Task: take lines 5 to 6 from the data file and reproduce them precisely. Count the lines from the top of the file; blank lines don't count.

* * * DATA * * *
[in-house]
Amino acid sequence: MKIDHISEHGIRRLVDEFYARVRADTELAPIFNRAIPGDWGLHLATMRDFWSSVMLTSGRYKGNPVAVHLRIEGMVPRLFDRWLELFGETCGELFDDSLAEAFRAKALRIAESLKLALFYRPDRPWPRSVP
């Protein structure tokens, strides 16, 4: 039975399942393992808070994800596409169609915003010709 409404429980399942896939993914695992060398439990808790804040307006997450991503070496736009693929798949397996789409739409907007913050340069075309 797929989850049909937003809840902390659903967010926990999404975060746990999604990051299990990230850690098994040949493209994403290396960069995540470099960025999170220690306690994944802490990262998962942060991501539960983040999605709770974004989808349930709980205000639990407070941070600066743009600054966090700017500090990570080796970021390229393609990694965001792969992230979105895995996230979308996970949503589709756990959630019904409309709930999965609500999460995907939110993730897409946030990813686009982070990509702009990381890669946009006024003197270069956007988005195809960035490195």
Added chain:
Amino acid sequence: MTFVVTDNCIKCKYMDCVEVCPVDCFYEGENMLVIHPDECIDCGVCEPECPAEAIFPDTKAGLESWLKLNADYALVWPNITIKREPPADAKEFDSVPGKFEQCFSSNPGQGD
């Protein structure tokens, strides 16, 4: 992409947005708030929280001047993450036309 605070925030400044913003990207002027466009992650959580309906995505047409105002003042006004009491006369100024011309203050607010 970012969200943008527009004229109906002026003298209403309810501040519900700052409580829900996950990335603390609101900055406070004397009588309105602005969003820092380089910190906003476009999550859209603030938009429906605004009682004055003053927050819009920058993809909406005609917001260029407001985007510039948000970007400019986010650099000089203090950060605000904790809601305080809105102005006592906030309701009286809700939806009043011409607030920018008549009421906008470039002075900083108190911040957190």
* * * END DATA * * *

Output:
Amino acid sequence: MTFVVTDNCIKCKYMDCVEVCPVDCFYEGENMLVIHPDECIDCGVCEPECPAEAIFPDTKAGLESWLKLNADYALVWPNITIKREPPADAKEFDSVPGKFEQCFSSNPGQGD
């Protein structure tokens, strides 16, 4: 992409947005708030929280001047993450036309 605070925030400044913003990207002027466009992650959580309906995505047409105002003042006004009491006369100024011309203050607010 970012969200943008527009004229109906002026003298209403309810501040519900700052409580829900996950990335603390609101900055406070004397009588309105602005969003820092380089910190906003476009999550859209603030938009429906605004009682004055003053927050819009920058993809909406005609917001260029407001985007510039948000970007400019986010650099000089203090950060605000904790809601305080809105102005006592906030309701009286809700939806009043011409607030920018008549009421906008470039002075900083108190911040957190």